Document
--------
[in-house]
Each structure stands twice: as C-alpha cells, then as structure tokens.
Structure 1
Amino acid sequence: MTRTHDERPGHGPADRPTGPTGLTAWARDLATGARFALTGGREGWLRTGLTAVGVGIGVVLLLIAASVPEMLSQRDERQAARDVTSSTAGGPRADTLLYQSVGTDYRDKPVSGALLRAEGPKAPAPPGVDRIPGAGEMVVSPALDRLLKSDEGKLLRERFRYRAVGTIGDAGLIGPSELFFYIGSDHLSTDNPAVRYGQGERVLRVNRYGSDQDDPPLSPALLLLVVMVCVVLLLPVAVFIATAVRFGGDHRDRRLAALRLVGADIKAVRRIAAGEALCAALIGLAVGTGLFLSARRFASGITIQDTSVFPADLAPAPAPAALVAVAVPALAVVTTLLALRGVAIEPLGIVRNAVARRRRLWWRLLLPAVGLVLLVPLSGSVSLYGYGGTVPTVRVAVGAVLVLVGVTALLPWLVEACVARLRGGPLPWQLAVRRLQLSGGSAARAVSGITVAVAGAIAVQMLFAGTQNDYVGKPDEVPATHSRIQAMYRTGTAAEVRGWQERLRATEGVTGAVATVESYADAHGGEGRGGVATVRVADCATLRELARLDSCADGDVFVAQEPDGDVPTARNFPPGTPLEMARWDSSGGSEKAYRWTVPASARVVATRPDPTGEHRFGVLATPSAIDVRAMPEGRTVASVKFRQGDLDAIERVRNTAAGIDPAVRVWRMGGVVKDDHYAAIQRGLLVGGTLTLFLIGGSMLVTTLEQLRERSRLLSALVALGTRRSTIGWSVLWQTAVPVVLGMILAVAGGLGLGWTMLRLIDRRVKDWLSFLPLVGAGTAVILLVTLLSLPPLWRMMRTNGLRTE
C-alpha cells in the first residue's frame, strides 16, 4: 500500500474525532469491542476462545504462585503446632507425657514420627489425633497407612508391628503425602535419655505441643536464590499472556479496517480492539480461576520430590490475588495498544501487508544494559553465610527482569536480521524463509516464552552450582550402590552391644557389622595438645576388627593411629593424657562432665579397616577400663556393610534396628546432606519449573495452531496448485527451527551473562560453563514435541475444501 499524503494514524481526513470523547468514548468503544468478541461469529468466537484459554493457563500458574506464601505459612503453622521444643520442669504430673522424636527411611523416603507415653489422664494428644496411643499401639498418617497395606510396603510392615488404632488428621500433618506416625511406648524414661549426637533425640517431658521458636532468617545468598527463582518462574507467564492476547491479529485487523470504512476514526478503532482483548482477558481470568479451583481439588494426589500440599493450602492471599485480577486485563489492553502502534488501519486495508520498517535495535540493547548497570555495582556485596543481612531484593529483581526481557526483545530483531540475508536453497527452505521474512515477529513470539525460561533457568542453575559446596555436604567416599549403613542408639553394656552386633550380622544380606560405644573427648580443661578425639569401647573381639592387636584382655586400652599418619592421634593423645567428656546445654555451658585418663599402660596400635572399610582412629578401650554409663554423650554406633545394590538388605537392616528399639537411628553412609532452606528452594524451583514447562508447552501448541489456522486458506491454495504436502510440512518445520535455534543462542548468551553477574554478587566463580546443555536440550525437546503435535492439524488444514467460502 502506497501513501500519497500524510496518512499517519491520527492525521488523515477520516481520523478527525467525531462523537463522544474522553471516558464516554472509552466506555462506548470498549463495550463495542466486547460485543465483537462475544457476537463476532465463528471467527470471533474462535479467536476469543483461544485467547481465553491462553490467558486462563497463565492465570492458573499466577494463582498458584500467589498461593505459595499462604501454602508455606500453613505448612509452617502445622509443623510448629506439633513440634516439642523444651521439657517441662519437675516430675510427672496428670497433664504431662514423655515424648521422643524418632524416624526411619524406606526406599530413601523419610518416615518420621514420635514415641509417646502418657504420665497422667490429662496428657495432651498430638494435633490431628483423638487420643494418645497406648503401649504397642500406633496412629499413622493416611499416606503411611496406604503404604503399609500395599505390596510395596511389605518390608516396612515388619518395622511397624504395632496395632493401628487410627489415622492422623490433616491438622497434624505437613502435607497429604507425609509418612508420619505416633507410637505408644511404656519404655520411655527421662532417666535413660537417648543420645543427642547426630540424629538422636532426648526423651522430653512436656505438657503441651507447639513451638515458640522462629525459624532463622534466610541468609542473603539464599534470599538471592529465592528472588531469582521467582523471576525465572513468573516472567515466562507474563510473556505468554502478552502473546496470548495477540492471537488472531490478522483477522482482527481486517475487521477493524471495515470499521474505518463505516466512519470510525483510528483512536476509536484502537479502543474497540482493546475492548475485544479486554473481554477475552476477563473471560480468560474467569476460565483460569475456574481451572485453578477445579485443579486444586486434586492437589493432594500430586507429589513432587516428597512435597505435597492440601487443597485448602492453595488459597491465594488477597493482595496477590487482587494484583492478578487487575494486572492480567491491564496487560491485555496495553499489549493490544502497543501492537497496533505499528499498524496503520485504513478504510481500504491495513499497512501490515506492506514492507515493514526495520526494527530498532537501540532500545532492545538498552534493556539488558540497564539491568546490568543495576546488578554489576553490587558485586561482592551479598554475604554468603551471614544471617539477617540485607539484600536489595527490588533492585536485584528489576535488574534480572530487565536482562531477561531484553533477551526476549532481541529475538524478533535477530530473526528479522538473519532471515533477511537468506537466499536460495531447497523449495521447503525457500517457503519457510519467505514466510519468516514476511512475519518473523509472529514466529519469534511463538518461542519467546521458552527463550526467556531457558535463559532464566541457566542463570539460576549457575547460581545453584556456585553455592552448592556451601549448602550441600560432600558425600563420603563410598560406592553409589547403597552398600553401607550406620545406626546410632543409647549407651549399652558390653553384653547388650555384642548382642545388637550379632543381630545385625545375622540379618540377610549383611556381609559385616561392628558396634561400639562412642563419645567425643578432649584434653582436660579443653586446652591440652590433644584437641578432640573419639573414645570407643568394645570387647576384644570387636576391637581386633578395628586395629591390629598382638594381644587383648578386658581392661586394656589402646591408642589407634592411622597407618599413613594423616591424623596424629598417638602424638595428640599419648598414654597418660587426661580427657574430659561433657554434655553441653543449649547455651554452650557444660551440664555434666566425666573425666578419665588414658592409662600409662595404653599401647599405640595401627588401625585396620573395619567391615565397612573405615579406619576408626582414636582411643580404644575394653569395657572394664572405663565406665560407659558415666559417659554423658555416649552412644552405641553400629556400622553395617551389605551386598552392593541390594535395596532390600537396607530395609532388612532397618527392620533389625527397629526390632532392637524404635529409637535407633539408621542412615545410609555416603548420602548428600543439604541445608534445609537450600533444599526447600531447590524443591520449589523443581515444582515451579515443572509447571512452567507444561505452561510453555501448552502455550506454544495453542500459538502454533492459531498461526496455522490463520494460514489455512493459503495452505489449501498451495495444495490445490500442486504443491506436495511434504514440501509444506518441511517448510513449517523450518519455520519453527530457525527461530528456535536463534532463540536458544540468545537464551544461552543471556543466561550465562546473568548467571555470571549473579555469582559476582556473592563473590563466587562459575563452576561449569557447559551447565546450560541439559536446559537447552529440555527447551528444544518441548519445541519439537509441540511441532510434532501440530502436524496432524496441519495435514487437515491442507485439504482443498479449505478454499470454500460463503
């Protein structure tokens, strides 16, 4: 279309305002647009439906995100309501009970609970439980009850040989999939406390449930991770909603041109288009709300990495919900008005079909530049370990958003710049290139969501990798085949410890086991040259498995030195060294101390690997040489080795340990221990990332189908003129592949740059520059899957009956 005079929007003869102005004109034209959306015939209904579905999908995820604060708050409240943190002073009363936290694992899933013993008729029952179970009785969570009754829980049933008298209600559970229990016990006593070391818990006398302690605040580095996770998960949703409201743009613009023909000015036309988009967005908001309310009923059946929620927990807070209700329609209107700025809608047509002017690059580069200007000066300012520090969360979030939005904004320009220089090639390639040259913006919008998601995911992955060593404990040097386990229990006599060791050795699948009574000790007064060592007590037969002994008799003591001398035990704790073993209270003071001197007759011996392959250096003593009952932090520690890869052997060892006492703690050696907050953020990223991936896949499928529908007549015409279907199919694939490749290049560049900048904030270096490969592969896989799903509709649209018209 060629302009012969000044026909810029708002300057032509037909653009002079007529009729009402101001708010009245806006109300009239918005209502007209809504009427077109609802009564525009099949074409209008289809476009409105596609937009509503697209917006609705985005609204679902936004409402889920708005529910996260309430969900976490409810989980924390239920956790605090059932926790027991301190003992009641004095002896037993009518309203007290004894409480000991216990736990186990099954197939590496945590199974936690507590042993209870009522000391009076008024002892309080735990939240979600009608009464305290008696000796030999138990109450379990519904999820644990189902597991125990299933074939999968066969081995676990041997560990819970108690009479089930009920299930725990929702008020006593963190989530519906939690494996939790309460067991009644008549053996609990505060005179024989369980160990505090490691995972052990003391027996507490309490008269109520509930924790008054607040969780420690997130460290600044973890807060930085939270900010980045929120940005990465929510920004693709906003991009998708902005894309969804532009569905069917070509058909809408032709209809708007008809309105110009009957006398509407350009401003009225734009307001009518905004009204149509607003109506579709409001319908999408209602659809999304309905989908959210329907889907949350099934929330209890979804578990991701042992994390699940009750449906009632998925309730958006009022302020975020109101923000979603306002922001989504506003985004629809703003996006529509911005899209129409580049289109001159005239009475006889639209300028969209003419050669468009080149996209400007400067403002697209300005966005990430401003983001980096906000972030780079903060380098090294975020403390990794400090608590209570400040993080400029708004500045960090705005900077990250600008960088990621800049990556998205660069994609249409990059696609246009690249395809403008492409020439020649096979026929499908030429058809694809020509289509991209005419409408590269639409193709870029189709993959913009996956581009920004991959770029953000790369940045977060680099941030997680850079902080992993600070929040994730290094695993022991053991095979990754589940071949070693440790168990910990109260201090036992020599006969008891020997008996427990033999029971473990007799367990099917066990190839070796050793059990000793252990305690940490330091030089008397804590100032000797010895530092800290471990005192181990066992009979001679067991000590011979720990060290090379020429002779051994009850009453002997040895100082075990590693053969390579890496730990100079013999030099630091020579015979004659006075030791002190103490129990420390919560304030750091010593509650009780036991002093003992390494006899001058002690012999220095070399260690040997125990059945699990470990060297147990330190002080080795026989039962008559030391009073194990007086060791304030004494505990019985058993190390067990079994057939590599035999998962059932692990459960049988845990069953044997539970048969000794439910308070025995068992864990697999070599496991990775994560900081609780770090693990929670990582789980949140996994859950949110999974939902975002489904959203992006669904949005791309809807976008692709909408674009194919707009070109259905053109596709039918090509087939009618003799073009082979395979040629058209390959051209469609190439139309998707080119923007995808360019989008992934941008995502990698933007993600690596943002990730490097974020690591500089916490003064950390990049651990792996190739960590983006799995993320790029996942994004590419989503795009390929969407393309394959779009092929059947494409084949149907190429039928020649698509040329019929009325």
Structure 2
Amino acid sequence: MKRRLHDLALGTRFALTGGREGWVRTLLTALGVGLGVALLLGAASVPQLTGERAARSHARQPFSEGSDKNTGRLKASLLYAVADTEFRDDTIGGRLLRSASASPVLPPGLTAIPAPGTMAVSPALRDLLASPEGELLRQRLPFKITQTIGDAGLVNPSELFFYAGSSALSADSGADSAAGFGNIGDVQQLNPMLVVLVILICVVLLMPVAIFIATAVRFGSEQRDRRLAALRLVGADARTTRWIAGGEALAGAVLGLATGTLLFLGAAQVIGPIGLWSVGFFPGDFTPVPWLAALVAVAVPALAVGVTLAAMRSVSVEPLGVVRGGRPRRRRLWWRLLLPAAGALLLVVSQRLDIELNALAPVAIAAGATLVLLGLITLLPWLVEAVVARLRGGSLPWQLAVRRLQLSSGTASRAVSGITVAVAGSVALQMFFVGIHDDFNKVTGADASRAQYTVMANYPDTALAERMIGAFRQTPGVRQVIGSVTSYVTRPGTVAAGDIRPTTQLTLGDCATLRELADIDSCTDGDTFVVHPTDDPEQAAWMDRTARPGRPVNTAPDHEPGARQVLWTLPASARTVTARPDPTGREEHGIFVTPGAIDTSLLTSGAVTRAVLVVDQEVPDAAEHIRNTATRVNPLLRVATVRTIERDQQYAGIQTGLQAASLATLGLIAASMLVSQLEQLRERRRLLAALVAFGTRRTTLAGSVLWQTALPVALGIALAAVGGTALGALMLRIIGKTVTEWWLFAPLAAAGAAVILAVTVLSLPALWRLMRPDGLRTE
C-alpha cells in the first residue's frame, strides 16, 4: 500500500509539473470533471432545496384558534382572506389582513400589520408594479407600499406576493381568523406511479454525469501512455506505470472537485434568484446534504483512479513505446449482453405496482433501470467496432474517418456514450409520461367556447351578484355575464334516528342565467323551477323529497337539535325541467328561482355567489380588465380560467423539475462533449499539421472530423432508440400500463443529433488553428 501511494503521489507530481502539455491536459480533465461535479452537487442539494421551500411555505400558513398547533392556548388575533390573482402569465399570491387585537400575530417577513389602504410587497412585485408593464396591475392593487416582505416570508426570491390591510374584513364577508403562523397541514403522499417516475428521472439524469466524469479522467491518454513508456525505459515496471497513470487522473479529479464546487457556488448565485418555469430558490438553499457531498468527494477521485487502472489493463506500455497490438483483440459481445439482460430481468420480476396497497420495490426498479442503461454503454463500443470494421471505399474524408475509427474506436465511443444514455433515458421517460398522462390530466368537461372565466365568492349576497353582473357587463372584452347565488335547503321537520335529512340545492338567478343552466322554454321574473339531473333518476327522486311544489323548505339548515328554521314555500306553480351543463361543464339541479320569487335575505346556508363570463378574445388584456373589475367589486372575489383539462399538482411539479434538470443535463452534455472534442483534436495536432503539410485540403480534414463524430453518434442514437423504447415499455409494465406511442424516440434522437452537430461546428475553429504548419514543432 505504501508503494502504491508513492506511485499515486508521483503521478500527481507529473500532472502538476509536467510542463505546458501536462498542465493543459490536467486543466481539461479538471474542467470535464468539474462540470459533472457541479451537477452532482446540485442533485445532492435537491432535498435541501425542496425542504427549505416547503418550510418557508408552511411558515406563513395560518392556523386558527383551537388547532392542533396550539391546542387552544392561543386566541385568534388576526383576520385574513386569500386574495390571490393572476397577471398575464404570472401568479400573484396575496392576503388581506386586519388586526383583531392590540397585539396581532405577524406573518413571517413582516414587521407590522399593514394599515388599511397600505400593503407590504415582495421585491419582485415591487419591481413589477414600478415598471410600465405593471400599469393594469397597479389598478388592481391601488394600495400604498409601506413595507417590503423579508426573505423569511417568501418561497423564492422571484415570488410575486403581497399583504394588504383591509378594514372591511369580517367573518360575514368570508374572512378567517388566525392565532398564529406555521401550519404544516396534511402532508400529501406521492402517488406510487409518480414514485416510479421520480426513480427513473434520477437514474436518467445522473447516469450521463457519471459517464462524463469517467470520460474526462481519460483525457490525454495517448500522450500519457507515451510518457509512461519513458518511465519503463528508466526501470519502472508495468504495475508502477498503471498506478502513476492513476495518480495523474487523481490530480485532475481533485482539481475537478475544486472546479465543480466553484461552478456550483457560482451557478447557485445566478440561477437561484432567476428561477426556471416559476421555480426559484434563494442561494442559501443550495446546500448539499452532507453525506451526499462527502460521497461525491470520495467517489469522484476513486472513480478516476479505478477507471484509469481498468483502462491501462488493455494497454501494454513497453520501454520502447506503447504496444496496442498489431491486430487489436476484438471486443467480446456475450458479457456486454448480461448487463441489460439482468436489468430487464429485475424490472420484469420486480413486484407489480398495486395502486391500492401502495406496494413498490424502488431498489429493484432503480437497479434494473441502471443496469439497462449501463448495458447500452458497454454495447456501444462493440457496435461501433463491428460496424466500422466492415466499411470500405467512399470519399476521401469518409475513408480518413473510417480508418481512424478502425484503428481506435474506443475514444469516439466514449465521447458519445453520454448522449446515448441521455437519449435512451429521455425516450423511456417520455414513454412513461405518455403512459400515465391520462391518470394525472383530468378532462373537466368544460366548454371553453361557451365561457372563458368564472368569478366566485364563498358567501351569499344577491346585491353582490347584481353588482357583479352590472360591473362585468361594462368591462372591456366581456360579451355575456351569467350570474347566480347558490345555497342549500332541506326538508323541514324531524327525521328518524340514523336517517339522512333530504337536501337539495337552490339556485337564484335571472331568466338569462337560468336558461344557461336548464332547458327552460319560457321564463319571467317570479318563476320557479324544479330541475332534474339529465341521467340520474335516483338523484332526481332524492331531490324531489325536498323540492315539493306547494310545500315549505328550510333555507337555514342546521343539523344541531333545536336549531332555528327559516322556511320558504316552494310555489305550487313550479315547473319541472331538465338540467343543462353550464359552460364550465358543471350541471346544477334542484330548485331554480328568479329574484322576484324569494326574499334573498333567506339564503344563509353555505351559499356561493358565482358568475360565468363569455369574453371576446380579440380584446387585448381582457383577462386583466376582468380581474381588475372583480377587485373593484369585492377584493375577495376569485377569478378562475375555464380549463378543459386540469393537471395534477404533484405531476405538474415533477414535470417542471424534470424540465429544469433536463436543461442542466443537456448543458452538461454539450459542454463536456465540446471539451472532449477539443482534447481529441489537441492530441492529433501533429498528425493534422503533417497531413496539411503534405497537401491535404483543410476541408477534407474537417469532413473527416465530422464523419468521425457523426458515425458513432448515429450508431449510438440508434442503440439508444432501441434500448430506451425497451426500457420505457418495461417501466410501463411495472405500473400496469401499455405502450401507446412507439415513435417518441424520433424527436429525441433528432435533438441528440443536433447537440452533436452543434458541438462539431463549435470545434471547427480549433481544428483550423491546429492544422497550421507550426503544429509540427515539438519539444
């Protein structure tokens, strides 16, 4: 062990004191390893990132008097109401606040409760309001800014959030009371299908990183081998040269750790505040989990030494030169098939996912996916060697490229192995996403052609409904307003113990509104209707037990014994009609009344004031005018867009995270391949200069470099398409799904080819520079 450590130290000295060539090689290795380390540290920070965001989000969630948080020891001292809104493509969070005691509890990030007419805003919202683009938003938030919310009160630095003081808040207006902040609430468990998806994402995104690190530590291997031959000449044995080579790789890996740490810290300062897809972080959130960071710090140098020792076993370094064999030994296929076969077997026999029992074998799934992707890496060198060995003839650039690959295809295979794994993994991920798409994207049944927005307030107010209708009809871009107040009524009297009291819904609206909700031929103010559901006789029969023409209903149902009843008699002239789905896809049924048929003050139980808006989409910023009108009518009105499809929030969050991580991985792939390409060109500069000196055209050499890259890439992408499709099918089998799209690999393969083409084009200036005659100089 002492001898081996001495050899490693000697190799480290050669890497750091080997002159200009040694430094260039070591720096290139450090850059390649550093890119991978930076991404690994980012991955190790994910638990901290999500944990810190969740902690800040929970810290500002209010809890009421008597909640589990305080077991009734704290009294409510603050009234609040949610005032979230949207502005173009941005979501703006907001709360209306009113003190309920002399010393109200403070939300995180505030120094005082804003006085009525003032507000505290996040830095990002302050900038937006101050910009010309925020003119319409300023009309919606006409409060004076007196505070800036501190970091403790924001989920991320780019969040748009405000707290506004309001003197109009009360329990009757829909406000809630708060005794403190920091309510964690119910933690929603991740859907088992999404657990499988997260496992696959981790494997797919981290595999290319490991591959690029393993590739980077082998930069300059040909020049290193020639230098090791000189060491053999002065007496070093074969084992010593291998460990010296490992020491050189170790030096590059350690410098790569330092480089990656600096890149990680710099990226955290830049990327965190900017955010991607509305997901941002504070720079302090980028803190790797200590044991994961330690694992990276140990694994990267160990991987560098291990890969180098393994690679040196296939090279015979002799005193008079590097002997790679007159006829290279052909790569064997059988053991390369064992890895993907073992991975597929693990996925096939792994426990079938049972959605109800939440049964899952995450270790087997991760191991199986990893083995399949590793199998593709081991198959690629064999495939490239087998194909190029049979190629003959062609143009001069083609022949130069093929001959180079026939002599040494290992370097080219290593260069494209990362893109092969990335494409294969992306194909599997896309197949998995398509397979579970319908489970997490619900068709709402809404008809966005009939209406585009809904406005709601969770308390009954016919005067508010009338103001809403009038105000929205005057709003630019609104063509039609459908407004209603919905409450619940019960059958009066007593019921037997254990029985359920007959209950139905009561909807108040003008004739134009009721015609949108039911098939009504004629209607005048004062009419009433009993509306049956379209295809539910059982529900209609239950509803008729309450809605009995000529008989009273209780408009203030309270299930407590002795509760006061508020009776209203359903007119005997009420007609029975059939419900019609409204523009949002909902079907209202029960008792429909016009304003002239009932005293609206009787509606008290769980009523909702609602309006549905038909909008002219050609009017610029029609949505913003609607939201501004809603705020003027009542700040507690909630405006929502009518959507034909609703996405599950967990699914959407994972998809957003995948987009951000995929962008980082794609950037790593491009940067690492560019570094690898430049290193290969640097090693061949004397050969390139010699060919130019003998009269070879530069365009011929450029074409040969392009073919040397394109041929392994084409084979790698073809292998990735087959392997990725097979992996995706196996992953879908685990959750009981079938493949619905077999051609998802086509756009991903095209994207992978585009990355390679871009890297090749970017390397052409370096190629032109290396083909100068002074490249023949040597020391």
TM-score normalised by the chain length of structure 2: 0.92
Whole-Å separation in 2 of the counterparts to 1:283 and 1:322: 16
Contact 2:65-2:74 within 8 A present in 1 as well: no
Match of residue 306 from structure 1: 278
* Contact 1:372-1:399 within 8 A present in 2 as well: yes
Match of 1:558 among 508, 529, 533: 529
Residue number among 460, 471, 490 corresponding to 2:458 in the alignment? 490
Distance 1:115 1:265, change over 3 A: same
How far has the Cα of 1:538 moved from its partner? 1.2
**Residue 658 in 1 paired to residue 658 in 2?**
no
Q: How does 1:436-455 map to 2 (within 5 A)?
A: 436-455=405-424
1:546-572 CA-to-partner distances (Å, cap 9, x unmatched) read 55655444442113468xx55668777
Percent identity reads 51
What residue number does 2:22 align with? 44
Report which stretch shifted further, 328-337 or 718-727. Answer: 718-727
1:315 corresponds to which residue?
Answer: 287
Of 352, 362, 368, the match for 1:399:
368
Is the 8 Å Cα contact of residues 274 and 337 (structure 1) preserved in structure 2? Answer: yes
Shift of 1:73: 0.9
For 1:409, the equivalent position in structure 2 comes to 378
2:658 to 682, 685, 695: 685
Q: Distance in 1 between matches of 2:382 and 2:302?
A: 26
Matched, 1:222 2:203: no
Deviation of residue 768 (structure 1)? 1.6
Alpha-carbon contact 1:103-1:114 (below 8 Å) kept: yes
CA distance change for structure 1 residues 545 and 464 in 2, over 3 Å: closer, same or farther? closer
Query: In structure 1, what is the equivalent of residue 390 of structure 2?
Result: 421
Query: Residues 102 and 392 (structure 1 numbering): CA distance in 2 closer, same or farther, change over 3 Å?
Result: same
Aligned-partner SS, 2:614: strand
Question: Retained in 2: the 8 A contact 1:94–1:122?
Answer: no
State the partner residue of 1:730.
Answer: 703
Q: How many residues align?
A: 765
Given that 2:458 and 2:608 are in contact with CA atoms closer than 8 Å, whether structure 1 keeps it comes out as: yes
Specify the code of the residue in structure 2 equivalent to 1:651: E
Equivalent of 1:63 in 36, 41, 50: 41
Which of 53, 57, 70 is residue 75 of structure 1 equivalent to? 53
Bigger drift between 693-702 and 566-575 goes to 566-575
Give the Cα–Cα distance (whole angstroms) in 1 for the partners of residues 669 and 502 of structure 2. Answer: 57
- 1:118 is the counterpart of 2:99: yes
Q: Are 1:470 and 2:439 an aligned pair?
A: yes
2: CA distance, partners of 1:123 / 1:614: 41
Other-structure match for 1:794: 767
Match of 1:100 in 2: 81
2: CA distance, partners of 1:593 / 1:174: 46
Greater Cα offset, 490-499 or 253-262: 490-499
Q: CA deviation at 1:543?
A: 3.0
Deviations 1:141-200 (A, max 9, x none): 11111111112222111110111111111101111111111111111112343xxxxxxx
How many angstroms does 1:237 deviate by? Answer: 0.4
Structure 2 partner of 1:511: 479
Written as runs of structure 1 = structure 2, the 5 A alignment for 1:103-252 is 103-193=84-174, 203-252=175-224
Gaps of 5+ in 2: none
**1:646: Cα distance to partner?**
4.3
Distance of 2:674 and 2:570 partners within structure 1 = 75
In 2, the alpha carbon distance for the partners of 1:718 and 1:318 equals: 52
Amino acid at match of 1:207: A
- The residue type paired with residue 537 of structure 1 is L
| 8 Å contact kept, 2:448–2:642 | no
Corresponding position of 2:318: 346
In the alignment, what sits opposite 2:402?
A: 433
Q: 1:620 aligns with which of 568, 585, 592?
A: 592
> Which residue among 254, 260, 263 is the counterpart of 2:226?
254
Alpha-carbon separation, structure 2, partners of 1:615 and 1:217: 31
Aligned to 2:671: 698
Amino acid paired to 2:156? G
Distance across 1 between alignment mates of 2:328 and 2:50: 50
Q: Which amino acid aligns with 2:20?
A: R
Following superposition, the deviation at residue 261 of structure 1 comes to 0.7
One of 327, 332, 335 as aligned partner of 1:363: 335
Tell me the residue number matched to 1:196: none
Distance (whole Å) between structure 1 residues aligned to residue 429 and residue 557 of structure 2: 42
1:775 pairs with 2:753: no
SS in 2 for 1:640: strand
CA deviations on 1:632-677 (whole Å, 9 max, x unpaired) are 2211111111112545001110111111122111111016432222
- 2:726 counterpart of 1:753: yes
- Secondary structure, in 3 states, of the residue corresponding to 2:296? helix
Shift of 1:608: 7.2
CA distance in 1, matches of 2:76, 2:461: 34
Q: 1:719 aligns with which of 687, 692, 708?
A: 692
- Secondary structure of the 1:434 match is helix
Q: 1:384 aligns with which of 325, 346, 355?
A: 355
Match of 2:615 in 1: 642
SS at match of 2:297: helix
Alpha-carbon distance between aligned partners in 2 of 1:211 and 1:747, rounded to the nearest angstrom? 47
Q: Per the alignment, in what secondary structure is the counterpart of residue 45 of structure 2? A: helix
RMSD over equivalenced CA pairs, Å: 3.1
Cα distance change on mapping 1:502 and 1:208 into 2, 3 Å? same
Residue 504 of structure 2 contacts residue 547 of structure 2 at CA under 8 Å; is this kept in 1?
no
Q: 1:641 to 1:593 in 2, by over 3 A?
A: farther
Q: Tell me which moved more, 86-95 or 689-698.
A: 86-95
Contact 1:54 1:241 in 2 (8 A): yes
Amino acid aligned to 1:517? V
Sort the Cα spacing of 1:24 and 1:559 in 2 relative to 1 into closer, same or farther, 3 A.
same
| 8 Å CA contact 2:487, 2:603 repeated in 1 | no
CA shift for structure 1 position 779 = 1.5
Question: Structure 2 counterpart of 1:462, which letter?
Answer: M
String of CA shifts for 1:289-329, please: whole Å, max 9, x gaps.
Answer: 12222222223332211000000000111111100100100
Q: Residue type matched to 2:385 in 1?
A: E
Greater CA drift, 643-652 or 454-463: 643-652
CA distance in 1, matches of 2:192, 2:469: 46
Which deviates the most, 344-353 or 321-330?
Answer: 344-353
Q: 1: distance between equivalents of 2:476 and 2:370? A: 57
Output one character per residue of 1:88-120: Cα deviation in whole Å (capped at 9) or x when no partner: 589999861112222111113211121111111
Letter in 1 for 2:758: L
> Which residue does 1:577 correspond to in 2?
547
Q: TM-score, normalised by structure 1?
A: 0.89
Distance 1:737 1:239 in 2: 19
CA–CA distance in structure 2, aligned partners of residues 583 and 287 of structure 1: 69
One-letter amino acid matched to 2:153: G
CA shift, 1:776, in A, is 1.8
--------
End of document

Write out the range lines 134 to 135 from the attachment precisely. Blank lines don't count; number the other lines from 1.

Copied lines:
Greater CA drift, 643-652 or 454-463: 643-652
CA distance in 1, matches of 2:192, 2:469: 46